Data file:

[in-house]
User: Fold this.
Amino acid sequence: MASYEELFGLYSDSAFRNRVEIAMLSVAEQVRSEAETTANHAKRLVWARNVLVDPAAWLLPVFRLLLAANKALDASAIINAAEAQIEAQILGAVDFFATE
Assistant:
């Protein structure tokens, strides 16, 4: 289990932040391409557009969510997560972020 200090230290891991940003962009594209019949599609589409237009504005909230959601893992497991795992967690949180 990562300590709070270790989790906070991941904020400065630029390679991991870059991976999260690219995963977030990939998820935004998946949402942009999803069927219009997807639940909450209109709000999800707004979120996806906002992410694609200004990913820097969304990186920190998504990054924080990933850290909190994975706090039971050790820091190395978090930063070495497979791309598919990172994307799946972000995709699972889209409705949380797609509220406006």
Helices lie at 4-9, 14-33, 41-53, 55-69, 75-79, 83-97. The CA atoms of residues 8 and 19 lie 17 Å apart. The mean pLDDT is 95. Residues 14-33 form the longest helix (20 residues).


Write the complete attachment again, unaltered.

[in-house]
User: Fold this.
Amino acid sequence: MASYEELFGLYSDSAFRNRVEIAMLSVAEQVRSEAETTANHAKRLVWARNVLVDPAAWLLPVFRLLLAANKALDASAIINAAEAQIEAQILGAVDFFATE
Assistant:
């Protein structure tokens, strides 16, 4: 289990932040391409557009969510997560972020 200090230290891991940003962009594209019949599609589409237009504005909230959601893992497991795992967690949180 990562300590709070270790989790906070991941904020400065630029390679991991870059991976999260690219995963977030990939998820935004998946949402942009999803069927219009997807639940909450209109709000999800707004979120996806906002992410694609200004990913820097969304990186920190998504990054924080990933850290909190994975706090039971050790820091190395978090930063070495497979791309598919990172994307799946972000995709699972889209409705949380797609509220406006």
Helices lie at 4-9, 14-33, 41-53, 55-69, 75-79, 83-97. The CA atoms of residues 8 and 19 lie 17 Å apart. The mean pLDDT is 95. Residues 14-33 form the longest helix (20 residues).